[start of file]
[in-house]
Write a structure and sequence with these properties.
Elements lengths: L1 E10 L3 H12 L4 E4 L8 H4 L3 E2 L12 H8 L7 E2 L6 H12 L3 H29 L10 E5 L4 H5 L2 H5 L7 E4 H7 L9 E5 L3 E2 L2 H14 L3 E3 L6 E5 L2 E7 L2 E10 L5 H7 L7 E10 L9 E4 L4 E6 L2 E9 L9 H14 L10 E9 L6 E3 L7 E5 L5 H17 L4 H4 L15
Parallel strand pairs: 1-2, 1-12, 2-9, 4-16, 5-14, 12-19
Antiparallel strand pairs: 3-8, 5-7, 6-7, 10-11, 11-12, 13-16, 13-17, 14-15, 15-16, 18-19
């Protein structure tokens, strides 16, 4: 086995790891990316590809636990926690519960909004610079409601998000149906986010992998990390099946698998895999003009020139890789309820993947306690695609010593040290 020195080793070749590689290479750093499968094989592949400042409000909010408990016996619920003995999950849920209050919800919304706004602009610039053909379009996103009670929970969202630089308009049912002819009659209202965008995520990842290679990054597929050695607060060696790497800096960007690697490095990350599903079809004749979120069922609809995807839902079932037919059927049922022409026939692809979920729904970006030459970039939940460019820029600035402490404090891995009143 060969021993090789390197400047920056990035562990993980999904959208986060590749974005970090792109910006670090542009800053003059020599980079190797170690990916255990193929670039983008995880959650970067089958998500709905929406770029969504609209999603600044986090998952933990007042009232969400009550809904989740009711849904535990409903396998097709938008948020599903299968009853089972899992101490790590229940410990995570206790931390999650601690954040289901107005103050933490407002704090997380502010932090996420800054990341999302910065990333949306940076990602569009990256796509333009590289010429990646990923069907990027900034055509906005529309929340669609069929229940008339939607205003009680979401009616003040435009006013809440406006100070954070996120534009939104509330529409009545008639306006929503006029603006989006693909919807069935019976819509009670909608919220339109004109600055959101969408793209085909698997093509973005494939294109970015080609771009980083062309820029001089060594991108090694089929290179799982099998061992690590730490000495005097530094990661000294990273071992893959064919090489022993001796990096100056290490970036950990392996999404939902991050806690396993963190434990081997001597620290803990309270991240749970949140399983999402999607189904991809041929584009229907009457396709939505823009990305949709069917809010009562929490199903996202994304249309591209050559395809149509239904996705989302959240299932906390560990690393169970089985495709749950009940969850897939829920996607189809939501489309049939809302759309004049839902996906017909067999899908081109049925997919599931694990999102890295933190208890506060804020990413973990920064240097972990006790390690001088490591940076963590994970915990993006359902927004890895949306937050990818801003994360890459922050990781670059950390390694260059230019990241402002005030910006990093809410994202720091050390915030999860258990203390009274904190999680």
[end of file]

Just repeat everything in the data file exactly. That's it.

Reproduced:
[in-house]
Write a structure and sequence with these properties.
Elements lengths: L1 E10 L3 H12 L4 E4 L8 H4 L3 E2 L12 H8 L7 E2 L6 H12 L3 H29 L10 E5 L4 H5 L2 H5 L7 E4 H7 L9 E5 L3 E2 L2 H14 L3 E3 L6 E5 L2 E7 L2 E10 L5 H7 L7 E10 L9 E4 L4 E6 L2 E9 L9 H14 L10 E9 L6 E3 L7 E5 L5 H17 L4 H4 L15
Parallel strand pairs: 1-2, 1-12, 2-9, 4-16, 5-14, 12-19
Antiparallel strand pairs: 3-8, 5-7, 6-7, 10-11, 11-12, 13-16, 13-17, 14-15, 15-16, 18-19
């Protein structure tokens, strides 16, 4: 086995790891990316590809636990926690519960909004610079409601998000149906986010992998990390099946698998895999003009020139890789309820993947306690695609010593040290 020195080793070749590689290479750093499968094989592949400042409000909010408990016996619920003995999950849920209050919800919304706004602009610039053909379009996103009670929970969202630089308009049912002819009659209202965008995520990842290679990054597929050695607060060696790497800096960007690697490095990350599903079809004749979120069922609809995807839902079932037919059927049922022409026939692809979920729904970006030459970039939940460019820029600035402490404090891995009143 060969021993090789390197400047920056990035562990993980999904959208986060590749974005970090792109910006670090542009800053003059020599980079190797170690990916255990193929670039983008995880959650970067089958998500709905929406770029969504609209999603600044986090998952933990007042009232969400009550809904989740009711849904535990409903396998097709938008948020599903299968009853089972899992101490790590229940410990995570206790931390999650601690954040289901107005103050933490407002704090997380502010932090996420800054990341999302910065990333949306940076990602569009990256796509333009590289010429990646990923069907990027900034055509906005529309929340669609069929229940008339939607205003009680979401009616003040435009006013809440406006100070954070996120534009939104509330529409009545008639306006929503006029603006989006693909919807069935019976819509009670909608919220339109004109600055959101969408793209085909698997093509973005494939294109970015080609771009980083062309820029001089060594991108090694089929290179799982099998061992690590730490000495005097530094990661000294990273071992893959064919090489022993001796990096100056290490970036950990392996999404939902991050806690396993963190434990081997001597620290803990309270991240749970949140399983999402999607189904991809041929584009229907009457396709939505823009990305949709069917809010009562929490199903996202994304249309591209050559395809149509239904996705989302959240299932906390560990690393169970089985495709749950009940969850897939829920996607189809939501489309049939809302759309004049839902996906017909067999899908081109049925997919599931694990999102890295933190208890506060804020990413973990920064240097972990006790390690001088490591940076963590994970915990993006359902927004890895949306937050990818801003994360890459922050990781670059950390390694260059230019990241402002005030910006990093809410994202720091050390915030999860258990203390009274904190999680």